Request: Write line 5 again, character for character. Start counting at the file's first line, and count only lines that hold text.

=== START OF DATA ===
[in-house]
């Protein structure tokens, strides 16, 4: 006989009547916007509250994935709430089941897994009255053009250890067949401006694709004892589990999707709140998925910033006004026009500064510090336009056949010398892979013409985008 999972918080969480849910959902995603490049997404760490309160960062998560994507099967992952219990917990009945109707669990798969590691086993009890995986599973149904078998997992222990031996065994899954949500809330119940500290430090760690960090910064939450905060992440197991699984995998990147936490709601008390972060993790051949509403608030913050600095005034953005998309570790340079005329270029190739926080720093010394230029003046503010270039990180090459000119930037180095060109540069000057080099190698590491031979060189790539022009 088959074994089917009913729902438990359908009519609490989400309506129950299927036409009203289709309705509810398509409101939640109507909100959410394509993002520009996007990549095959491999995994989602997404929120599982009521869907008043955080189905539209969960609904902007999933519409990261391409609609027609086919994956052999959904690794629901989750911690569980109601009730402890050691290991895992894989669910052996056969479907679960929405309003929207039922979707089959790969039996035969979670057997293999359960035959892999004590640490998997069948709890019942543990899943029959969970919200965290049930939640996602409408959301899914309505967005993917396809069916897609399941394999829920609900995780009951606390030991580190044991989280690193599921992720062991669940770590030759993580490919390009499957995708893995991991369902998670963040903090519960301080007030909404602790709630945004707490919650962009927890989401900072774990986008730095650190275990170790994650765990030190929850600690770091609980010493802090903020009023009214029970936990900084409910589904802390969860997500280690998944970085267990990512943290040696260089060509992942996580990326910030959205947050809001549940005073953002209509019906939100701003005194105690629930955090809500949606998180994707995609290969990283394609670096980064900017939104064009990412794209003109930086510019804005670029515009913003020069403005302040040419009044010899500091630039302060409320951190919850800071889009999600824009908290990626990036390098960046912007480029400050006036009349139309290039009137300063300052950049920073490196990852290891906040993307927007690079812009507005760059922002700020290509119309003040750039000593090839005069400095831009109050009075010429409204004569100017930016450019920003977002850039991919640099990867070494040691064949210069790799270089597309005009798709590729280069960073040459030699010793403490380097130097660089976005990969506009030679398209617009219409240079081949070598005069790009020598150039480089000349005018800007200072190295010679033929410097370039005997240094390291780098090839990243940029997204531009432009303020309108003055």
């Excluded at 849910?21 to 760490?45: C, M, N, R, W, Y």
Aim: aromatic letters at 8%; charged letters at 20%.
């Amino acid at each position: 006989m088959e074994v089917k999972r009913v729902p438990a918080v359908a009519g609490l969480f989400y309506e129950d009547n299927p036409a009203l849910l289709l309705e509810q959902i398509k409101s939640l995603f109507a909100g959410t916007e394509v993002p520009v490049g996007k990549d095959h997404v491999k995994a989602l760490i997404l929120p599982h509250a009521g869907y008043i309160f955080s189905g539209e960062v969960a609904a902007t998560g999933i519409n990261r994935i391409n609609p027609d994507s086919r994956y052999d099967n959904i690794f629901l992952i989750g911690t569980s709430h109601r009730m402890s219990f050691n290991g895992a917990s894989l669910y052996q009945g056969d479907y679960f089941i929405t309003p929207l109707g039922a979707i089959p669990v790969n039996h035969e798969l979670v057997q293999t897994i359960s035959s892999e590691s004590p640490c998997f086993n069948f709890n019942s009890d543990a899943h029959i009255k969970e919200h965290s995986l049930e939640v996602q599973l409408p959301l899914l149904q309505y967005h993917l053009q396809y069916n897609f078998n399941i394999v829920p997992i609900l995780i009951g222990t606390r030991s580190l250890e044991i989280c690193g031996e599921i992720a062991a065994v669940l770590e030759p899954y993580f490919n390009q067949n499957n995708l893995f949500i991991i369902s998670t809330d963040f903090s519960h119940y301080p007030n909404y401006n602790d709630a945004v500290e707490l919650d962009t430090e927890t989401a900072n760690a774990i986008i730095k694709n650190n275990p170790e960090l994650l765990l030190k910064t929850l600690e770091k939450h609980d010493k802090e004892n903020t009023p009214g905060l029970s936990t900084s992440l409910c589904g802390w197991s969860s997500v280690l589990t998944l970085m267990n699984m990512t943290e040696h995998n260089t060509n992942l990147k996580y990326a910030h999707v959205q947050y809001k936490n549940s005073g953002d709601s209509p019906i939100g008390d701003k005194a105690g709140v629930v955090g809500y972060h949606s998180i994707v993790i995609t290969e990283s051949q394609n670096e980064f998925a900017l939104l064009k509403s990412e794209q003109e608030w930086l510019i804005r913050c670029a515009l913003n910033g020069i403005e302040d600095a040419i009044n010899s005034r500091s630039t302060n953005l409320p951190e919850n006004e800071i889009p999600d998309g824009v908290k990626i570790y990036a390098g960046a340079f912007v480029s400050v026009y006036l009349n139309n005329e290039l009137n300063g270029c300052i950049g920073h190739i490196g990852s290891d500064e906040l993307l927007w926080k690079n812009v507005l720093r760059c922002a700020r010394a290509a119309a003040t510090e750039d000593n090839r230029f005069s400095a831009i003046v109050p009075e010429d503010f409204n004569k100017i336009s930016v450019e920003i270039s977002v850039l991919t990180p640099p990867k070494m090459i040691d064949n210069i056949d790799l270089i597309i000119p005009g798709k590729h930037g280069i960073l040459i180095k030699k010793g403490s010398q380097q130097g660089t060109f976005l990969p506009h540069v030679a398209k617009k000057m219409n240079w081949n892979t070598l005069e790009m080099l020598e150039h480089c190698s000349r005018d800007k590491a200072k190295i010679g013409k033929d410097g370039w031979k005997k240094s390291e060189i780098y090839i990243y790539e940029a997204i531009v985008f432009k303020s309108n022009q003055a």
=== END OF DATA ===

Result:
């Amino acid at each position: 006989m088959e074994v089917k999972r009913v729902p438990a918080v359908a009519g609490l969480f989400y309506e129950d009547n299927p036409a009203l849910l289709l309705e509810q959902i398509k409101s939640l995603f109507a909100g959410t916007e394509v993002p520009v490049g996007k990549d095959h997404v491999k995994a989602l760490i997404l929120p599982h509250a009521g869907y008043i309160f955080s189905g539209e960062v969960a609904a902007t998560g999933i519409n990261r994935i391409n609609p027609d994507s086919r994956y052999d099967n959904i690794f629901l992952i989750g911690t569980s709430h109601r009730m402890s219990f050691n290991g895992a917990s894989l669910y052996q009945g056969d479907y679960f089941i929405t309003p929207l109707g039922a979707i089959p669990v790969n039996h035969e798969l979670v057997q293999t897994i359960s035959s892999e590691s004590p640490c998997f086993n069948f709890n019942s009890d543990a899943h029959i009255k969970e919200h965290s995986l049930e939640v996602q599973l409408p959301l899914l149904q309505y967005h993917l053009q396809y069916n897609f078998n399941i394999v829920p997992i609900l995780i009951g222990t606390r030991s580190l250890e044991i989280c690193g031996e599921i992720a062991a065994v669940l770590e030759p899954y993580f490919n390009q067949n499957n995708l893995f949500i991991i369902s998670t809330d963040f903090s519960h119940y301080p007030n909404y401006n602790d709630a945004v500290e707490l919650d962009t430090e927890t989401a900072n760690a774990i986008i730095k694709n650190n275990p170790e960090l994650l765990l030190k910064t929850l600690e770091k939450h609980d010493k802090e004892n903020t009023p009214g905060l029970s936990t900084s992440l409910c589904g802390w197991s969860s997500v280690l589990t998944l970085m267990n699984m990512t943290e040696h995998n260089t060509n992942l990147k996580y990326a910030h999707v959205q947050y809001k936490n549940s005073g953002d709601s209509p019906i939100g008390d701003k005194a105690g709140v629930v955090g809500y972060h949606s998180i994707v993790i995609t290969e990283s051949q394609n670096e980064f998925a900017l939104l064009k509403s990412e794209q003109e608030w930086l510019i804005r913050c670029a515009l913003n910033g020069i403005e302040d600095a040419i009044n010899s005034r500091s630039t302060n953005l409320p951190e919850n006004e800071i889009p999600d998309g824009v908290k990626i570790y990036a390098g960046a340079f912007v480029s400050v026009y006036l009349n139309n005329e290039l009137n300063g270029c300052i950049g920073h190739i490196g990852s290891d500064e906040l993307l927007w926080k690079n812009v507005l720093r760059c922002a700020r010394a290509a119309a003040t510090e750039d000593n090839r230029f005069s400095a831009i003046v109050p009075e010429d503010f409204n004569k100017i336009s930016v450019e920003i270039s977002v850039l991919t990180p640099p990867k070494m090459i040691d064949n210069i056949d790799l270089i597309i000119p005009g798709k590729h930037g280069i960073l040459i180095k030699k010793g403490s010398q380097q130097g660089t060109f976005l990969p506009h540069v030679a398209k617009k000057m219409n240079w081949n892979t070598l005069e790009m080099l020598e150039h480089c190698s000349r005018d800007k590491a200072k190295i010679g013409k033929d410097g370039w031979k005997k240094s390291e060189i780098y090839i990243y790539e940029a997204i531009v985008f432009k303020s309108n022009q003055a």